PS: I am currently trying to find the organization through which our group booked the tour with Boris and will update the post to give you more information. I really recommend Boris’s tours if you want to learn more about Zagreb’s architecture.

View Comments (22)
  • Zagreb looks amazing! I love discovering architecture where I go. And I love to see different styles and the history behind them. I especially love the fact that you included lesser known buildings as well. You made me want to visit Zagreb soon!

  • What a great read! I am so happy to hear other people are as fascinated by the architecture while traveling. It is so cool to see the different styles among different places.

    • I really liked that it offered me a totally different view of Zagreb. Unfortunately, the old town was only briefly covered. For me, it would have been nice to see a bit more of it but these buildings were a real experience.

  • Zagreb, Croatia likely is not on my list of cities to visit… Your post completely changes my mind ! Zagreb is really an Architectural Feast 😉

  • Love your photos! Interesting to see how much of a variation there is even in the modern architecture. And how much history there is Zagreb.

    • For me it was so interesting to learn about what happened in the second half of the 20th century. I knew a bit about Croatia’s history but not too much and it was great to dive in much deeper.

  • Really impressive architecture from Zagreb. Loving almost all design but the blue colored glass tiles one is the exceptional one. You nicely captured the cupola of the pavilion. 🙂

    • Thank you so much! I really liked the glass tiles, especially because the building looked really grim from the outside.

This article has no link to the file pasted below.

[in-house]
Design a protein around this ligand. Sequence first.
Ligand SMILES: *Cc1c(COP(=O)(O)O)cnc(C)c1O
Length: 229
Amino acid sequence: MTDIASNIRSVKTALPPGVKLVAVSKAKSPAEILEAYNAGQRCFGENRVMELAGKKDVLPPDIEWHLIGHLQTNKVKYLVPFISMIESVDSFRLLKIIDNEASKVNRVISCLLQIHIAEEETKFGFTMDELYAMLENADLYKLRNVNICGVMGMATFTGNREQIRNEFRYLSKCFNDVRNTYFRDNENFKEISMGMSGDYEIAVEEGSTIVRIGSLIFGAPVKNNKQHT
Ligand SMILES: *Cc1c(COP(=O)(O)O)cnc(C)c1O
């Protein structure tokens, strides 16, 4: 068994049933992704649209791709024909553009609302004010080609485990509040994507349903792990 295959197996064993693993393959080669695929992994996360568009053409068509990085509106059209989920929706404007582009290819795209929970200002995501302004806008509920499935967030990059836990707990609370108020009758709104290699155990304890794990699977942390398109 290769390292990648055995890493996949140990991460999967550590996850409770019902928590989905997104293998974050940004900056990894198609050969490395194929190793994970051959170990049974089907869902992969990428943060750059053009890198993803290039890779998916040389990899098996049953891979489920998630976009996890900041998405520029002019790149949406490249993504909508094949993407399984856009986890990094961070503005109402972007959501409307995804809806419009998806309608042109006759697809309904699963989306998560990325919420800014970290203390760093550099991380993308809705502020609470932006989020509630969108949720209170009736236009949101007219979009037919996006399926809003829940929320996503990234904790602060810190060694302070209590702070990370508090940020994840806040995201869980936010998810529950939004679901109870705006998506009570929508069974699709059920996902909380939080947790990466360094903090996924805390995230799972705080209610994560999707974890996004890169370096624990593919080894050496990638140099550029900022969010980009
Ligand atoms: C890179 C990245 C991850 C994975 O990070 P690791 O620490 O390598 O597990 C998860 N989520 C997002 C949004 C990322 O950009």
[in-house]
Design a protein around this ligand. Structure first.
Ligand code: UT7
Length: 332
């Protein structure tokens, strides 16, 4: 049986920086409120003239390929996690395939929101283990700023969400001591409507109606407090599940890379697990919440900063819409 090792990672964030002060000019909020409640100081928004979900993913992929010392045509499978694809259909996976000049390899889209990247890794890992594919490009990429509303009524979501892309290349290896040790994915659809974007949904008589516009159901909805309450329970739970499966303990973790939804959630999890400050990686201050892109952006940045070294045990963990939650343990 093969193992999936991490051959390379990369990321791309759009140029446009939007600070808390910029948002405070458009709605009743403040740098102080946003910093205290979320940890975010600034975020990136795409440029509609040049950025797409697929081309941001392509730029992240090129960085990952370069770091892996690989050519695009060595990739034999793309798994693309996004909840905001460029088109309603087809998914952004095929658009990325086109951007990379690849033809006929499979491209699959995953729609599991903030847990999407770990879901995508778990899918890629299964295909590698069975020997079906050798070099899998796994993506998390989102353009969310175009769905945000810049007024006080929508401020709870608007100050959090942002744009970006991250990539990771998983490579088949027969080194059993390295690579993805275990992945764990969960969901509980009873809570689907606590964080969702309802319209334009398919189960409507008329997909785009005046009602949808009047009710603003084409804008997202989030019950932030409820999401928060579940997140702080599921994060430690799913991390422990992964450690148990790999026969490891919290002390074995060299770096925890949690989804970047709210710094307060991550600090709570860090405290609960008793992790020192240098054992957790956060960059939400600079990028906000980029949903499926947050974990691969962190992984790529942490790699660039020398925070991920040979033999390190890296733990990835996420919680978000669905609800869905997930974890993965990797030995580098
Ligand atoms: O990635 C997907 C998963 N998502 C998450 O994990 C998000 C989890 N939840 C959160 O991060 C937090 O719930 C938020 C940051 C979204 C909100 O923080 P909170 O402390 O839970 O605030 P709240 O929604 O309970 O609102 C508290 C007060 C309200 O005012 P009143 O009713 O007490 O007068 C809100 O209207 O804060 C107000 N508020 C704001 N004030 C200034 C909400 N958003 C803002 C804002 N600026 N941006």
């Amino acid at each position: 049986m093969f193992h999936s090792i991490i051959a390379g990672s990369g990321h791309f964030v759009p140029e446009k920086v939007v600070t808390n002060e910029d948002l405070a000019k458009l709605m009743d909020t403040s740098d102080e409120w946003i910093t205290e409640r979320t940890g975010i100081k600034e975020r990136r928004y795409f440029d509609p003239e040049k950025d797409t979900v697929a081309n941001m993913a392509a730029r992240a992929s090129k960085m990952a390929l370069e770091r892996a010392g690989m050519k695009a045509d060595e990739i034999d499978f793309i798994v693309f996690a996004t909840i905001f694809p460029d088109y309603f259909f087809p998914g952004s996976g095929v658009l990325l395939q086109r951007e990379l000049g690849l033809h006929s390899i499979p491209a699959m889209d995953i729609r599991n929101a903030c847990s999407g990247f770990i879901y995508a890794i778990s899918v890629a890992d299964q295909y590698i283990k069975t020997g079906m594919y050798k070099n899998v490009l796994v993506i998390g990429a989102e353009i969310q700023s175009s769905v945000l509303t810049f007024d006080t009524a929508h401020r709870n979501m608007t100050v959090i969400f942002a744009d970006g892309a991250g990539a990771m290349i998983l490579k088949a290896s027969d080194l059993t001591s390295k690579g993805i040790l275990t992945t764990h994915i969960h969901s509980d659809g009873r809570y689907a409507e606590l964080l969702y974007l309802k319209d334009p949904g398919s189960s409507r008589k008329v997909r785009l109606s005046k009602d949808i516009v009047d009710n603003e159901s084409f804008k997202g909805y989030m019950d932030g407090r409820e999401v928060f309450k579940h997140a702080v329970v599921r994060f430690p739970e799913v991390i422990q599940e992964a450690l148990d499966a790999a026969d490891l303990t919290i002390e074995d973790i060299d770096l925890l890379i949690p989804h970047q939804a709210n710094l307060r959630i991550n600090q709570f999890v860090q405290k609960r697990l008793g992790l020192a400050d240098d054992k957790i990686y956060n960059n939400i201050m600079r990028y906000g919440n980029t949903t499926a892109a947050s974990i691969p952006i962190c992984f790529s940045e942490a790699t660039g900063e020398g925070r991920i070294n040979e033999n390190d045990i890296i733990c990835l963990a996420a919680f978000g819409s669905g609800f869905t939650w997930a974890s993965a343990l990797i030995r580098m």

• It was really cool to see a totally different side of Zagreb from the one that we normally see in travel blogs (the old town etc). You must have loved the tour. Thank you for sharing it with us!

    • I really enjoyed seeing the other side of Zagreb. I expected the standard tourist stuff, but Boris’s tour was great and I loved how he customized it for us.

  • You know, Croatia is on my travel challenge that I need to complete before March next year. I was thinking Dubrovnik or Split for a more relaxing break but cities always take my eye, especially architecture. I have this thing with looking up. You see so much more sometimes. So pleased you included a map which gives an idea of a walking route. Thank you.

    • Thanks for your lovely comment! You could fly into Zagreb and then go to Split and Dubrovnik from there. I think it would be interesting to see both sides of Croatia.

  • Ahh this just brought back so many great memories from Zagreb for me! I love your photos of the Cube – one of the things I actually want to do most when I go back is take a communist tour of Zagreb. Beautiful photos!!

    • I definitely recommend visiting the Cube and other communist and post-communist architecture. It was tough to hear about Croatia’s past but it was definitely interesting.

  • Zagreb looks gorgeous, somewhere I’d certainly like to visit. The sheer scale of the GMK is crazy, cool photo by the way. I do love looking at unique architecture when travelling.

    • I was amazed by the building hosting the GMK too. The gallery only takes up a small part of the building and they are currently not sure how long they can stay in there because the company abandoned the building. It would be great if the building could be renovated and used again.

  • Zagreb looks incredible. The architecture is stunning. I love the photos and it looks like such a great city to explore in Europe. It’s on my list.

    • It is definitely a city of contrasts and there is so much to experience and learn about the country. I highly recommend it!

  • I am an architecture enthustiast and love to explore and photograph unique buildings. Architecture usually has a deep connection to the place’s history which I love to know about. I love your pictures, never seen side of Croatia 🙂 I liked the cube in particular the most!

    • I totally agree with your opinion about architecture and its connection to history. The Cube was really impressive, thinking about all the events and negotiations happening in there.